Information about risks must be conveyed effectively to the public and especially to vulnerable communities. Fight COVID MKE is a multifaceted research project that utilizes antibody test data, surveys, focus groups and health records from adults living in Milwaukee County to analyze COVID-19 risks from a population perspective. Using these tools, Fight COVID MKE allows researchers to assess risks for hospitalization and death if infected with SARS-CoV-2 and develop and continually update a nationally available web-based individual risk assessment tool. (

In this paper, we introduce the Fight COVID MKE individual risk estimator tool, a web-based model that provides individuals with estimates of the risk of dying from COVID-19 for people like themselves, based on various demographic and health-related information. This tool leverages data from Wisconsin, Indiana, and Cook County, Illinois as well as a national 5% Medicare sample of deaths to measure the population proportion infected and how this proportion varies over time, geographically, and with comorbidities. These data calculate the risk that infection for that individual may result in death as a function of individual and community characteristics such as age, gender, race/ethnicity, zip code of residence, body mass index, several chronic health conditions, and importantly, vaccination or past infection status. Surveillance and research are needed to ensure timely understanding of the strengths and weaknesses of vaccines and past infections in preventing illness and death [10]. The risk assessment tool predicts individual risk of life expectancy loss due to COVID depending upon past vaccination and/or infection and community infection prevalence. It compares risk of COVID death and life expectancy loss compared with cancer, car crashes, and pneumonia/influenza. As of July 2023, the risk tool had 2 been used 47,743 times by adults in Milwaukee, Chicago, New York, Los Angeles, and other communities across the US with peak use in January 2022.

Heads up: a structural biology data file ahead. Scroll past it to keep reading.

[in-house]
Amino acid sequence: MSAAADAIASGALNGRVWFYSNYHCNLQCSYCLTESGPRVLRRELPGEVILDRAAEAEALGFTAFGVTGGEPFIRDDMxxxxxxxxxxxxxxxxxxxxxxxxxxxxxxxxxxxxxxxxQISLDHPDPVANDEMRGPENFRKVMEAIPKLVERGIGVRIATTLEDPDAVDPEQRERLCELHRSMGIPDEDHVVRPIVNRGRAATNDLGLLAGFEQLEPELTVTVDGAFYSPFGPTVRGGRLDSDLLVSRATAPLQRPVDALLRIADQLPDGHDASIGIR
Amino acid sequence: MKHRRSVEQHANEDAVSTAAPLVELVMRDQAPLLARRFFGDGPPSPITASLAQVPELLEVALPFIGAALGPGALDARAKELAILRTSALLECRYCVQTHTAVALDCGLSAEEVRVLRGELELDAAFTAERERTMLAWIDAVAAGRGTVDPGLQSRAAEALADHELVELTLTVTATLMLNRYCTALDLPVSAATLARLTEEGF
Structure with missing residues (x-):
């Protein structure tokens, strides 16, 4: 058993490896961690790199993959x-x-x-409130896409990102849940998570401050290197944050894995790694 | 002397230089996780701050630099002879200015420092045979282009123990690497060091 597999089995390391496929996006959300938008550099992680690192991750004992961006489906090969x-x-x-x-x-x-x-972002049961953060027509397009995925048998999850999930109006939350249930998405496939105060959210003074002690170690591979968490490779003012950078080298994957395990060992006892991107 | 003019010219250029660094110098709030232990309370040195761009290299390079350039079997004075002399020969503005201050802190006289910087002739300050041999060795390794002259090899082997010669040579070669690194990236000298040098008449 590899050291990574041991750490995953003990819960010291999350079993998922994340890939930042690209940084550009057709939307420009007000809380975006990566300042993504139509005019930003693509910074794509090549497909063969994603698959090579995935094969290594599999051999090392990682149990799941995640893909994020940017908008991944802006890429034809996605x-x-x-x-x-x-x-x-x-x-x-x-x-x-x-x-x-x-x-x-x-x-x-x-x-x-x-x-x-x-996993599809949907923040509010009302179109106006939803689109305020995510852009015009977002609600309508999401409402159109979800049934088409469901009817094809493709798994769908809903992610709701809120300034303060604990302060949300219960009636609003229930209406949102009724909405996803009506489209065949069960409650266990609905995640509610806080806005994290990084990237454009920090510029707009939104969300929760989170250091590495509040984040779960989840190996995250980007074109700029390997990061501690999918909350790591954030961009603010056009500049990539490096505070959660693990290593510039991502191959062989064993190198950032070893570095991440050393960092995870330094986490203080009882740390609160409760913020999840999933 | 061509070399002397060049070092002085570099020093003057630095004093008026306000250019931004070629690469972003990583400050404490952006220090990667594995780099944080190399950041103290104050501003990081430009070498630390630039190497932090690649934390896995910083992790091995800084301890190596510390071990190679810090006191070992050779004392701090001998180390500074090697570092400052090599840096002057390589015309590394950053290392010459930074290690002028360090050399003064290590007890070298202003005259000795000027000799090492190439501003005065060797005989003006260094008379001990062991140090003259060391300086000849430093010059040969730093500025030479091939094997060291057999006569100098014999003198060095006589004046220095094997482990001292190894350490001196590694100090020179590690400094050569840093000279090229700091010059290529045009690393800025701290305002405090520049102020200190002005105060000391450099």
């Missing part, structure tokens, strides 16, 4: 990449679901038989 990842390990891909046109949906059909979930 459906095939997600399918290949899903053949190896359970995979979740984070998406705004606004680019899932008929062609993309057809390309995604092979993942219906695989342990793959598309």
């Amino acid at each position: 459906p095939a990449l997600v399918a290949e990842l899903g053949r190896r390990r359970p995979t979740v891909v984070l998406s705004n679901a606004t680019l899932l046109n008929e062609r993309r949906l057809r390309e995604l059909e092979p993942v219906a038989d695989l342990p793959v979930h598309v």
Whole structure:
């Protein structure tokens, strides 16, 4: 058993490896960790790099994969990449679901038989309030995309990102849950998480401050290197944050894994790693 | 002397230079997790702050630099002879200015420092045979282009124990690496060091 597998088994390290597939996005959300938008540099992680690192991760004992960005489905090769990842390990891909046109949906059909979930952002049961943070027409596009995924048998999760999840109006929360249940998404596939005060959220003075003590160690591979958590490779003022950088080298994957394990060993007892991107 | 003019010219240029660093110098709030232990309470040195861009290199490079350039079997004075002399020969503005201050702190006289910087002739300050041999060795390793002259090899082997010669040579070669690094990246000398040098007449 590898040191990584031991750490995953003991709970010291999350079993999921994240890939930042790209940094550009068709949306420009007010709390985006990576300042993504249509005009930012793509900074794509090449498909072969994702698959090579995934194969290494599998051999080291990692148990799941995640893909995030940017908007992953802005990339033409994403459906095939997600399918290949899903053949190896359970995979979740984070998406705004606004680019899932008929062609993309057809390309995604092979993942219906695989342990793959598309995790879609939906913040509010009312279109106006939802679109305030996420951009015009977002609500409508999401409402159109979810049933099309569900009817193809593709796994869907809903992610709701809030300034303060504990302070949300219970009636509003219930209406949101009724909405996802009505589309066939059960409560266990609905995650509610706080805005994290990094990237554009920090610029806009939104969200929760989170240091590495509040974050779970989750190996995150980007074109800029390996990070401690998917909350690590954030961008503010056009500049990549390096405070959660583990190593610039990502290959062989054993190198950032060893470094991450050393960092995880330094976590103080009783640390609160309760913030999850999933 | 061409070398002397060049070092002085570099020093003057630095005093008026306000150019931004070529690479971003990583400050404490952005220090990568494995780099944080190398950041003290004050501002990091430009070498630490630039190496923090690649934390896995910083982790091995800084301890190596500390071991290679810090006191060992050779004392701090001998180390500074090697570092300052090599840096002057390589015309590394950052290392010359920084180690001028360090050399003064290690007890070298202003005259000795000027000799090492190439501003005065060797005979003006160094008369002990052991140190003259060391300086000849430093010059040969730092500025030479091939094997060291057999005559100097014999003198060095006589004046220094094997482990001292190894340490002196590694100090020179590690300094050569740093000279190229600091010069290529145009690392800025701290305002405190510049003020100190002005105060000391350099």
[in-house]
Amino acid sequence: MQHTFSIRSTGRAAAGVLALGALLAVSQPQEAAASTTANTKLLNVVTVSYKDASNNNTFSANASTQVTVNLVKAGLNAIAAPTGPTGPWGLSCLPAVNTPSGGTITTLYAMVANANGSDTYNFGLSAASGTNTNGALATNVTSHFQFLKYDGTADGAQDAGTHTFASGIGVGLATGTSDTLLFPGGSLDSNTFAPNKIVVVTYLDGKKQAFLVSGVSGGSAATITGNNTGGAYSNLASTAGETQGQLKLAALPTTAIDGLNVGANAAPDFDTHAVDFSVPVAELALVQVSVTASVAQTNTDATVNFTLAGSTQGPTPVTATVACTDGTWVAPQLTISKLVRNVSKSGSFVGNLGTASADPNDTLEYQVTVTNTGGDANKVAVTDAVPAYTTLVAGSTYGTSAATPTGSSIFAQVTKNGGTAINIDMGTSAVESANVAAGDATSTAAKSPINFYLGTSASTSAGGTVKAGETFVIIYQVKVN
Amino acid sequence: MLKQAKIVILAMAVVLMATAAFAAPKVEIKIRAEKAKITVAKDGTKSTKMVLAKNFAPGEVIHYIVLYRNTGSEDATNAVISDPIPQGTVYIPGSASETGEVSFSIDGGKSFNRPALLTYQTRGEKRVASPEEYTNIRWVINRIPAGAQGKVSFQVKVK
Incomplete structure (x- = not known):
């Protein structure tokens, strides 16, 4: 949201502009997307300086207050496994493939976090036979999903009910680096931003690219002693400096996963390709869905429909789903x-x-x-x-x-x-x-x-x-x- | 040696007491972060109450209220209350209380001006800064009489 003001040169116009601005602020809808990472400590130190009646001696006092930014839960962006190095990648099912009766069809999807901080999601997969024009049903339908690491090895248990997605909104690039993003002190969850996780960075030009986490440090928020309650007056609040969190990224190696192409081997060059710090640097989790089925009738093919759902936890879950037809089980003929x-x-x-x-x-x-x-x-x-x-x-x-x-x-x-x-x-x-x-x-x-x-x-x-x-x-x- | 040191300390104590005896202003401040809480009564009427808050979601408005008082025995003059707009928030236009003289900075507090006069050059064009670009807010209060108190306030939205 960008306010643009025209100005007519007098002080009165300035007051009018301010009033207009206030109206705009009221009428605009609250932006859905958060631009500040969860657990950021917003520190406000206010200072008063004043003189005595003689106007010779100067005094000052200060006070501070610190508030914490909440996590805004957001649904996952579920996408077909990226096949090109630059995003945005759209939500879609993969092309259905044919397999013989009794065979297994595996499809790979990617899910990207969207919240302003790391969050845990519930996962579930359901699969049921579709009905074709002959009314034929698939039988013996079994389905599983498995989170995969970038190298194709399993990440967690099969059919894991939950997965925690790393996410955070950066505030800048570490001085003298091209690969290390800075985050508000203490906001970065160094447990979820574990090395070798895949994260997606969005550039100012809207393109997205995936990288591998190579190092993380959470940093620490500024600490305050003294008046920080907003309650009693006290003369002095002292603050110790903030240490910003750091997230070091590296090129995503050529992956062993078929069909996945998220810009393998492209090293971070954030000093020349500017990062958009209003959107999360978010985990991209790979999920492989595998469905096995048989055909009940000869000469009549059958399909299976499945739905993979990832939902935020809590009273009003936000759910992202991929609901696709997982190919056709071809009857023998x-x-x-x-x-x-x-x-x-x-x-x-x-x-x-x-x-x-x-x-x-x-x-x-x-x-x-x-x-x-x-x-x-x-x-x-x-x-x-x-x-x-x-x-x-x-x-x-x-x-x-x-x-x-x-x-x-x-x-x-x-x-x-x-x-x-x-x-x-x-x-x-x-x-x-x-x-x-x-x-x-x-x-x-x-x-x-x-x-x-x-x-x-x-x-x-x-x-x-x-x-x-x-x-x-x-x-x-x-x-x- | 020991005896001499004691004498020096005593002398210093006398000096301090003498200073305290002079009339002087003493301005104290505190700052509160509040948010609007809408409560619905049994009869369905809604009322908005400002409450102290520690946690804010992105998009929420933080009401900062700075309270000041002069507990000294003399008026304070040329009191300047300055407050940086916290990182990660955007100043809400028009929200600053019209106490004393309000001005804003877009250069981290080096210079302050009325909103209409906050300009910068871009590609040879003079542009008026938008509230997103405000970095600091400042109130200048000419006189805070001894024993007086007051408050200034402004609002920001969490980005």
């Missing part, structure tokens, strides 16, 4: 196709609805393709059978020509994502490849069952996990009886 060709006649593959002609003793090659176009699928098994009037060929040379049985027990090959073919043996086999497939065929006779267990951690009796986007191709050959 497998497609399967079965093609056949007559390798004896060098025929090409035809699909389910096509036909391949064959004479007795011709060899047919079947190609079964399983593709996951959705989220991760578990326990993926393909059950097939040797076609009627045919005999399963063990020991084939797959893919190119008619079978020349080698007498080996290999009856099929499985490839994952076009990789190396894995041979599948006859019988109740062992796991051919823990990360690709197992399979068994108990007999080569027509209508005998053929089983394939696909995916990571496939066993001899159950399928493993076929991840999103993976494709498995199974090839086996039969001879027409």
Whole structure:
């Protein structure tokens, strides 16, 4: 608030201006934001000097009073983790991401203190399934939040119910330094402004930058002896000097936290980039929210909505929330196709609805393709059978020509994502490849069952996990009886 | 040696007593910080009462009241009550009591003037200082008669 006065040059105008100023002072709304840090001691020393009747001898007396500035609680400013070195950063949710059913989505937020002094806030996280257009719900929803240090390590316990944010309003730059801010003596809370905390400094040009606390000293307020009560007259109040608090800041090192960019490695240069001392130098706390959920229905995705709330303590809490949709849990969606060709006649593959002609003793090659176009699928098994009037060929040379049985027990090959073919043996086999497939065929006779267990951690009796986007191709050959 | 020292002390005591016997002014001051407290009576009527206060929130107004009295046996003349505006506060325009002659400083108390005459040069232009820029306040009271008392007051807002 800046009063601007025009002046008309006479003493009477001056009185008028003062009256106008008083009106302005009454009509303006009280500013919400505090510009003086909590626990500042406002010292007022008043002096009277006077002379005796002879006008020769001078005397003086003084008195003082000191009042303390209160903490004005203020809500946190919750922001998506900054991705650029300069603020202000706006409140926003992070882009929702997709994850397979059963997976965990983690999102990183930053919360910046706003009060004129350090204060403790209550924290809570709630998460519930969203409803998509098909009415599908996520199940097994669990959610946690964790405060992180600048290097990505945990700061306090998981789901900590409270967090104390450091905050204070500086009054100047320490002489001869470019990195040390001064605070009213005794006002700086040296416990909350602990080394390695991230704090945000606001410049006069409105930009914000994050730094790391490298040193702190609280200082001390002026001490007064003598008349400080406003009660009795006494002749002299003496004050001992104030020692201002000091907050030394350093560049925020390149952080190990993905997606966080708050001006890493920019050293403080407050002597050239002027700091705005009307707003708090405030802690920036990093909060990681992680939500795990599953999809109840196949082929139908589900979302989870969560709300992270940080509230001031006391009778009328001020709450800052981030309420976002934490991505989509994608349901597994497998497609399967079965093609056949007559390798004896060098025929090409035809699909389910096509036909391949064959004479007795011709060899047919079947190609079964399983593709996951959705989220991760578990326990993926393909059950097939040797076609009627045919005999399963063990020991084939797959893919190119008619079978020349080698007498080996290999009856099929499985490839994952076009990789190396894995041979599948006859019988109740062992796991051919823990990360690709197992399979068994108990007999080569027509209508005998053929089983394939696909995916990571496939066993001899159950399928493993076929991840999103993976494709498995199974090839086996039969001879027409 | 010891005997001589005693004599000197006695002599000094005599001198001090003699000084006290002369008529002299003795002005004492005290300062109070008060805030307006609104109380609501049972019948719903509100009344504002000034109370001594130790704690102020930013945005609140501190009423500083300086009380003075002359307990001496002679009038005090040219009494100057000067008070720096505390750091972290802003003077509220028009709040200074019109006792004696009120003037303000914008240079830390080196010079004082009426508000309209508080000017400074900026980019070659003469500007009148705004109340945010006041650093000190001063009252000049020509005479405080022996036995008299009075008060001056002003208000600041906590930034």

The risk assessment tool predicts COVID-19 burden, individual risk to oneself today, and comparison of COVID-19 illness to other common risks. Current literature surrounding COVID-19 risk focuses on public perception of risk and health protective behaviors. However, it is essential to provide a better understanding of the perceptions of risk assessment tools including trust in and understanding of them.

The main aim of this qualitative study was to understand general adult public understanding of the web-based COVID-19 risk assessment tool, to assess their value of using the tool, and to seek their advice how to improve it.


Sampling and recruitment

We developed a protocol and reporting based on key elements of qualitative research [11].

Information letters and flyers were sent to twenty primary care health centers, twelve community and faith partners, and three local health departments around the Milwaukee area with the intent to oversample minority, low-income and elderly populations. Over 900 individuals who participated in the Fight COVID MKE antibody and survey study were also contacted by email to participate in the focus groups. Interested individuals completed a screening survey. Eligibility criteria included being 18 years of age or older, speaking English or Spanish, and being able to provide informed consent. Eligible participants were contacted and informed by research staff of the research purpose, focus group procedure, risks and benefits, and compensation. Voluntary informed consent was obtained from all participants prior to the focus group. The protocol was approved by the Medical College of Wisconsin Human Research Review Board.